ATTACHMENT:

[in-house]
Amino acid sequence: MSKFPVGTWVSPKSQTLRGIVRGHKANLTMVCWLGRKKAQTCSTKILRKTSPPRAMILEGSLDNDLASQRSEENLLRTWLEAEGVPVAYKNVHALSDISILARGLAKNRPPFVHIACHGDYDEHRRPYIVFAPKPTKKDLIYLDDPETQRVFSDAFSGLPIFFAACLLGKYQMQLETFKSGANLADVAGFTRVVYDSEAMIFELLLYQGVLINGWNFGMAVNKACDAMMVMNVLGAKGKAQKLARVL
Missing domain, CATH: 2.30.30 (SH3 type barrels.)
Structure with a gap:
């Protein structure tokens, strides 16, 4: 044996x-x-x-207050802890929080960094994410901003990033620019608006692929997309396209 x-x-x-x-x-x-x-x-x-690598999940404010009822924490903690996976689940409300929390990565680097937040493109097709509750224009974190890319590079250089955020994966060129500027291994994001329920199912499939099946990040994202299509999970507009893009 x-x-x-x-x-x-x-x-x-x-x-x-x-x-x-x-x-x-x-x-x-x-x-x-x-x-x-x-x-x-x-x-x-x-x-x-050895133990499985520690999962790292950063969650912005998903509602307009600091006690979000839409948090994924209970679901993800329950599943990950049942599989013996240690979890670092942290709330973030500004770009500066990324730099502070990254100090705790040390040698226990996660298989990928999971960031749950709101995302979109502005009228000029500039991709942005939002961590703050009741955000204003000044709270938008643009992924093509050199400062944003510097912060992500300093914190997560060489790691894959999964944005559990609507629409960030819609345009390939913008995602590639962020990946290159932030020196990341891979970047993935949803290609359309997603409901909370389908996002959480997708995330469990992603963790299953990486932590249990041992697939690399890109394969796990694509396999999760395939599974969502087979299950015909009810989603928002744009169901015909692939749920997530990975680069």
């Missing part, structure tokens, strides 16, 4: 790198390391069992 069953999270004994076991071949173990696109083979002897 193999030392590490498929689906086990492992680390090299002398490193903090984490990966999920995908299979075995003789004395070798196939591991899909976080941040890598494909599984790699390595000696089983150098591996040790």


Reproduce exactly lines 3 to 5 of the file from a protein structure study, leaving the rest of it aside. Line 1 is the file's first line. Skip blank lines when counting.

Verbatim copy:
Missing domain, CATH: 2.30.30 (SH3 type barrels.)
Structure with a gap:
């Protein structure tokens, strides 16, 4: 044996x-x-x-207050802890929080960094994410901003990033620019608006692929997309396209 x-x-x-x-x-x-x-x-x-690598999940404010009822924490903690996976689940409300929390990565680097937040493109097709509750224009974190890319590079250089955020994966060129500027291994994001329920199912499939099946990040994202299509999970507009893009 x-x-x-x-x-x-x-x-x-x-x-x-x-x-x-x-x-x-x-x-x-x-x-x-x-x-x-x-x-x-x-x-x-x-x-x-050895133990499985520690999962790292950063969650912005998903509602307009600091006690979000839409948090994924209970679901993800329950599943990950049942599989013996240690979890670092942290709330973030500004770009500066990324730099502070990254100090705790040390040698226990996660298989990928999971960031749950709101995302979109502005009228000029500039991709942005939002961590703050009741955000204003000044709270938008643009992924093509050199400062944003510097912060992500300093914190997560060489790691894959999964944005559990609507629409960030819609345009390939913008995602590639962020990946290159932030020196990341891979970047993935949803290609359309997603409901909370389908996002959480997708995330469990992603963790299953990486932590249990041992697939690399890109394969796990694509396999999760395939599974969502087979299950015909009810989603928002744009169901015909692939749920997530990975680069």